Historical numbers define where we’ve been; they show us the effectiveness of what we’ve done and help us recognize and rectify our mistakes.
Current numbers show us what we have to work with and help us assess what we can afford to risk.
Projected numbers let us weigh our options and opportunities, foresee challenges, choose our directions, and set our strategies.
Our numbers are the most objective descriptions we have of our stores and contain far more insights and opportunities than we’ll ever extract.
Almost any scenario can be projected, much quicker and at far less expense than living it.
Projections show us what results we can expect from store expansions, price wars, recessions, lay-offs, new or diminished competition, discounting, changing merchandise, and most other potentialities. Even when they don’t lead us to radically new and different strategies, they help us understand the possibilities—and that goes a long way in relieving anxiety and creating confidence.
Calculated outcomes are seldom what we expect. Sometimes they disappoint by showing an exciting plan to be hardly worth the effort; occasionally they uncover surprising profits in unsuspected opportunities; and not uncommonly, they warn us away from tempting catastrophes.
Committing to expensive long-term ventures and strategies without projecting their potential and probable outcomes means spending years of our lives and incomes discovering what a few simple projections might have revealed.
When times are good we tend to add people, give raises, lease more space, add more inventory, upgrade equipment, create new bonuses, and increase benefits. The moves make sense when sales are growing.
But they are also long-term commitments to continuing expenses that are hard to shed if necessary later. And they set precedents and establish an operational philosophy that becomes entrenched.
When we hire more people, work expands and we soon wonder how we ever got it done without them—indeed we often can’t again. Making leasehold improvements, replacing computers and software, and buying new equipment are paid for with today’s cash, but the depreciation expenses drag down profitability for some years into the future.
Good results also allow us to overlook weak departments and locations, excuse poor performance, and put off needed but unpleasant changes.
Fat and happy is often dangerous and temporary; many retailers prefer lean and mean as both safer and more efficient.
We have an innate tendency to focus on growth as the Holy Grail and answer to all our profitability challenges. If we can just sell a little more, we’ll be able to cover our expenses and maybe even make a little money.
But growth is as often the way into trouble as the way out. Chasing sales with high expenses and insufficient margins only increases our problems; more sales bring more losses, often in the same old proportions.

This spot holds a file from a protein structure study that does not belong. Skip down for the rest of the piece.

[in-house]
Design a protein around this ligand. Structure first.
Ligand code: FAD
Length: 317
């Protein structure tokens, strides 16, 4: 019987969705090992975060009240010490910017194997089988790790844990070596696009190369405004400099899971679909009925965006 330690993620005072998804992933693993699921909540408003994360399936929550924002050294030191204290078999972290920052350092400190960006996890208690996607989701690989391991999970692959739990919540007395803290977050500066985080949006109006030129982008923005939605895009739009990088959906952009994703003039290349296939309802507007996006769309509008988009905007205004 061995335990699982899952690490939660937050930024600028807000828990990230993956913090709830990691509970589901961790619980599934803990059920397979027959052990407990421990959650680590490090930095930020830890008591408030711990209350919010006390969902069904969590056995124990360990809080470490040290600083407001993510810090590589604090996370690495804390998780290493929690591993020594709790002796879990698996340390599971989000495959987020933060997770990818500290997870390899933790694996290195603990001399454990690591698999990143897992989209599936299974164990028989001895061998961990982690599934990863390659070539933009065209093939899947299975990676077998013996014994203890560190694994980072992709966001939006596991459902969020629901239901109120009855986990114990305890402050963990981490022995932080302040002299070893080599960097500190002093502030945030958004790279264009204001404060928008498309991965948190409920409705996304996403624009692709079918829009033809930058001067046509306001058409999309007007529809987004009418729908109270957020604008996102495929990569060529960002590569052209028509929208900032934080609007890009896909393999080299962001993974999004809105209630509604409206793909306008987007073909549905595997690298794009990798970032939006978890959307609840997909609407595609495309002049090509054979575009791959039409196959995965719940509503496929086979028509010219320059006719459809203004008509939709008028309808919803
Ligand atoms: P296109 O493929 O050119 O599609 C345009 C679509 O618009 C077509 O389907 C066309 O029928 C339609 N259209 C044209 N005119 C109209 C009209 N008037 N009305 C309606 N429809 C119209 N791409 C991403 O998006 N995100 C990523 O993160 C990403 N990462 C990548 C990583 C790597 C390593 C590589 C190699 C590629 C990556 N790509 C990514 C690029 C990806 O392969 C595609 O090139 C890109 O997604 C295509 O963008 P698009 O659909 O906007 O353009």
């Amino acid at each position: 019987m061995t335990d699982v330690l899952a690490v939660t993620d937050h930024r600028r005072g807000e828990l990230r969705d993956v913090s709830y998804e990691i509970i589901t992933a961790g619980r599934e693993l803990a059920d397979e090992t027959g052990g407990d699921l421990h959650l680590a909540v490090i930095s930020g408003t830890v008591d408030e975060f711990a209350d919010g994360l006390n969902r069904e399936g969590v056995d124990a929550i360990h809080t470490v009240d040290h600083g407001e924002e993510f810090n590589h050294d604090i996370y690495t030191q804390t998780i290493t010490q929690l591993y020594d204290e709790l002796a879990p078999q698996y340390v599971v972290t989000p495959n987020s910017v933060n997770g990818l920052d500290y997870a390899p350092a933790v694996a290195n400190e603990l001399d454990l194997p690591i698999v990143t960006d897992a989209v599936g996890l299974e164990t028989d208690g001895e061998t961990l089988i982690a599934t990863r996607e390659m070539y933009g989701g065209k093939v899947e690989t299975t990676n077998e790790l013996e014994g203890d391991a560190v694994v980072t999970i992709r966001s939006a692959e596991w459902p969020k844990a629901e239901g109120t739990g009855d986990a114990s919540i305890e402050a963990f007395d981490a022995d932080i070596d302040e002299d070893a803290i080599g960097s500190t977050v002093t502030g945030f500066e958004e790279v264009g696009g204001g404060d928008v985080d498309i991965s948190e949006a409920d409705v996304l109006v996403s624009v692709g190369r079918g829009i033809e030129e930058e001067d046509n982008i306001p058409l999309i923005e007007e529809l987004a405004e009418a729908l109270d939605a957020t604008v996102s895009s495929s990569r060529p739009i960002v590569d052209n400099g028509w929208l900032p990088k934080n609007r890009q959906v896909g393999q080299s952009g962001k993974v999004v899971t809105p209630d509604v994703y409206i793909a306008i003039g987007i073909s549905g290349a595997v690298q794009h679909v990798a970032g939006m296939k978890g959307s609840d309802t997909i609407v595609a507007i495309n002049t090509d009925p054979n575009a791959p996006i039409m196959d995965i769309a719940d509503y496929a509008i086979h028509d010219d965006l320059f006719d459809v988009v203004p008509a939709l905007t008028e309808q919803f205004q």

In most cases the solution to unprofitability is to step off the sales treadmill and fix the business—the sooner the better. After it’s running smoothly and profitably we can grow again.
Growth can wait; profitability cannot.
Getting out of financial trouble is always unpleasant but seldom ingenious. The basic steps are:
1. Correct the books. Troubled companies rarely have accurate financial statements. Verify all numbers on the balance sheet, including especially receivables, inventory, and payables, and create accurate income statements. Until we know where we are, we can’t know what to fix and when we’ve fixed it.
2. Determine which activities are making money and which are losing. Divide the financial statement by locations and departments, and allocate expenses all the way to the bottom line.
3. Create a plan to get rid of the losers. We can’t go soft here; we get support to fix it once but not twice. We have to do the whole job the first time.
4. Get buy-in from managers, employees, vendors, and creditors.
5. Execute the plan quickly, boldly, and resolutely. We’re heroes if we follow through, misguided losers if we back off.
Turnaround plans don’t include radical new concepts. The ship must be righted and stabilized before it sets off in new directions and on new ventures.
Any expense can be reduced or eliminated, usually much faster than we assume.
The concept of fixed and variable expenses comes primarily from manufacturing. Raw material and labor are variable expenses because they increase and decrease with production. Machinery is a fixed expense; the cost of buying and installing a machine is the same whether we use the machine or not.
Retail has no “fixed” expenses. Payroll, retail’s largest expense, is not—people can be redeployed in seconds, and unemployed if necessary. Rent is not—space can be used for other purposes, or subleased or sold. Even equipment leasing and depreciation are not, as equipment can be sold when necessary.